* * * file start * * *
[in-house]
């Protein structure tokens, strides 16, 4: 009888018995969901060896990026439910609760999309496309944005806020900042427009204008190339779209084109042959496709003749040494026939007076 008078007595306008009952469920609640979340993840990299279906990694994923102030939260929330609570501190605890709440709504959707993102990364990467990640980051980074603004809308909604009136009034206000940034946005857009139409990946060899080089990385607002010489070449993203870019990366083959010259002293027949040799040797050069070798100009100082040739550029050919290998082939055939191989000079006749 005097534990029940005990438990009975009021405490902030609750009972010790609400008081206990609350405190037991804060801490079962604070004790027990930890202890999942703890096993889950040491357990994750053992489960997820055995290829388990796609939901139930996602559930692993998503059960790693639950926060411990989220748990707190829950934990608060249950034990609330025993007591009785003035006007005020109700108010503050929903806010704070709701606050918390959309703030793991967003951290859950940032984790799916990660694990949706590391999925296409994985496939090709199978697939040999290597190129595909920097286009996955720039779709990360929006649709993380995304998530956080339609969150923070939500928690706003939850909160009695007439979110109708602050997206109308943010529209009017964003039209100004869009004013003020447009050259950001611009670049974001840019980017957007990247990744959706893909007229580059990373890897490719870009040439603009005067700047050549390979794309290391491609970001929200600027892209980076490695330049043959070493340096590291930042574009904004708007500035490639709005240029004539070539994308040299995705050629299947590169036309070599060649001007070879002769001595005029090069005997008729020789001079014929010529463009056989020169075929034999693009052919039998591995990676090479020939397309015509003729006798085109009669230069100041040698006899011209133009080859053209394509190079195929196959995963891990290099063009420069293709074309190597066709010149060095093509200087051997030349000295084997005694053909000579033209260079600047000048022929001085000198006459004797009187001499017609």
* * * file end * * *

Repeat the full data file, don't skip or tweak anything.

[in-house]
């Protein structure tokens, strides 16, 4: 009888018995969901060896990026439910609760999309496309944005806020900042427009204008190339779209084109042959496709003749040494026939007076 008078007595306008009952469920609640979340993840990299279906990694994923102030939260929330609570501190605890709440709504959707993102990364990467990640980051980074603004809308909604009136009034206000940034946005857009139409990946060899080089990385607002010489070449993203870019990366083959010259002293027949040799040797050069070798100009100082040739550029050919290998082939055939191989000079006749 005097534990029940005990438990009975009021405490902030609750009972010790609400008081206990609350405190037991804060801490079962604070004790027990930890202890999942703890096993889950040491357990994750053992489960997820055995290829388990796609939901139930996602559930692993998503059960790693639950926060411990989220748990707190829950934990608060249950034990609330025993007591009785003035006007005020109700108010503050929903806010704070709701606050918390959309703030793991967003951290859950940032984790799916990660694990949706590391999925296409994985496939090709199978697939040999290597190129595909920097286009996955720039779709990360929006649709993380995304998530956080339609969150923070939500928690706003939850909160009695007439979110109708602050997206109308943010529209009017964003039209100004869009004013003020447009050259950001611009670049974001840019980017957007990247990744959706893909007229580059990373890897490719870009040439603009005067700047050549390979794309290391491609970001929200600027892209980076490695330049043959070493340096590291930042574009904004708007500035490639709005240029004539070539994308040299995705050629299947590169036309070599060649001007070879002769001595005029090069005997008729020789001079014929010529463009056989020169075929034999693009052919039998591995990676090479020939397309015509003729006798085109009669230069100041040698006899011209133009080859053209394509190079195929196959995963891990290099063009420069293709074309190597066709010149060095093509200087051997030349000295084997005694053909000579033209260079600047000048022929001085000198006459004797009187001499017609």